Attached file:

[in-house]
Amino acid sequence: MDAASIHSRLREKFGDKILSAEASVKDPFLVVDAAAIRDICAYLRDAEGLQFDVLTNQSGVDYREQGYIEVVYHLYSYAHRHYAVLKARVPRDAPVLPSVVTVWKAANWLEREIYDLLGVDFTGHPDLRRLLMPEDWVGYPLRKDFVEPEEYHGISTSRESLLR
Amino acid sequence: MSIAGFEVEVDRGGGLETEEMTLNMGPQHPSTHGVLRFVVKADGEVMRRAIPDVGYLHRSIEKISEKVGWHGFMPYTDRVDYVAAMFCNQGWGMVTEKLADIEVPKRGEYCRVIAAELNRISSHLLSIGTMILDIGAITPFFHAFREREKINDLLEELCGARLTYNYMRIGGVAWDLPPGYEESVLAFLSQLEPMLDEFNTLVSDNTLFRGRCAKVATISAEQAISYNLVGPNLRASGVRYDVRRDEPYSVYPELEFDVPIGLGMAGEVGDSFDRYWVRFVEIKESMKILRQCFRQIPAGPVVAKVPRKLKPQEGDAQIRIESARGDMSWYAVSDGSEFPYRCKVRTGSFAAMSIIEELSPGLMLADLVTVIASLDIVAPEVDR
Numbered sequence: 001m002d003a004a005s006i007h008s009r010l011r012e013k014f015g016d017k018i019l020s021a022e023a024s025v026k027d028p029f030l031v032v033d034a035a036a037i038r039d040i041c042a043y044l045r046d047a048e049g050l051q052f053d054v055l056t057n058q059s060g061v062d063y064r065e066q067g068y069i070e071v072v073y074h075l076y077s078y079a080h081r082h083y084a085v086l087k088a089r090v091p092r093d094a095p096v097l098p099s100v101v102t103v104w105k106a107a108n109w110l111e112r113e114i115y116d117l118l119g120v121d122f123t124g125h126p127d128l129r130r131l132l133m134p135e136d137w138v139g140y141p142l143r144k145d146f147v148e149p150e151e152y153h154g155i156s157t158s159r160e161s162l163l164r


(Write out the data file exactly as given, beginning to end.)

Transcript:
[in-house]
Amino acid sequence: MDAASIHSRLREKFGDKILSAEASVKDPFLVVDAAAIRDICAYLRDAEGLQFDVLTNQSGVDYREQGYIEVVYHLYSYAHRHYAVLKARVPRDAPVLPSVVTVWKAANWLEREIYDLLGVDFTGHPDLRRLLMPEDWVGYPLRKDFVEPEEYHGISTSRESLLR
Amino acid sequence: MSIAGFEVEVDRGGGLETEEMTLNMGPQHPSTHGVLRFVVKADGEVMRRAIPDVGYLHRSIEKISEKVGWHGFMPYTDRVDYVAAMFCNQGWGMVTEKLADIEVPKRGEYCRVIAAELNRISSHLLSIGTMILDIGAITPFFHAFREREKINDLLEELCGARLTYNYMRIGGVAWDLPPGYEESVLAFLSQLEPMLDEFNTLVSDNTLFRGRCAKVATISAEQAISYNLVGPNLRASGVRYDVRRDEPYSVYPELEFDVPIGLGMAGEVGDSFDRYWVRFVEIKESMKILRQCFRQIPAGPVVAKVPRKLKPQEGDAQIRIESARGDMSWYAVSDGSEFPYRCKVRTGSFAAMSIIEELSPGLMLADLVTVIASLDIVAPEVDR
Numbered sequence: 001m002d003a004a005s006i007h008s009r010l011r012e013k014f015g016d017k018i019l020s021a022e023a024s025v026k027d028p029f030l031v032v033d034a035a036a037i038r039d040i041c042a043y044l045r046d047a048e049g050l051q052f053d054v055l056t057n058q059s060g061v062d063y064r065e066q067g068y069i070e071v072v073y074h075l076y077s078y079a080h081r082h083y084a085v086l087k088a089r090v091p092r093d094a095p096v097l098p099s100v101v102t103v104w105k106a107a108n109w110l111e112r113e114i115y116d117l118l119g120v121d122f123t124g125h126p127d128l129r130r131l132l133m134p135e136d137w138v139g140y141p142l143r144k145d146f147v148e149p150e151e152y153h154g155i156s157t158s159r160e161s162l163l164r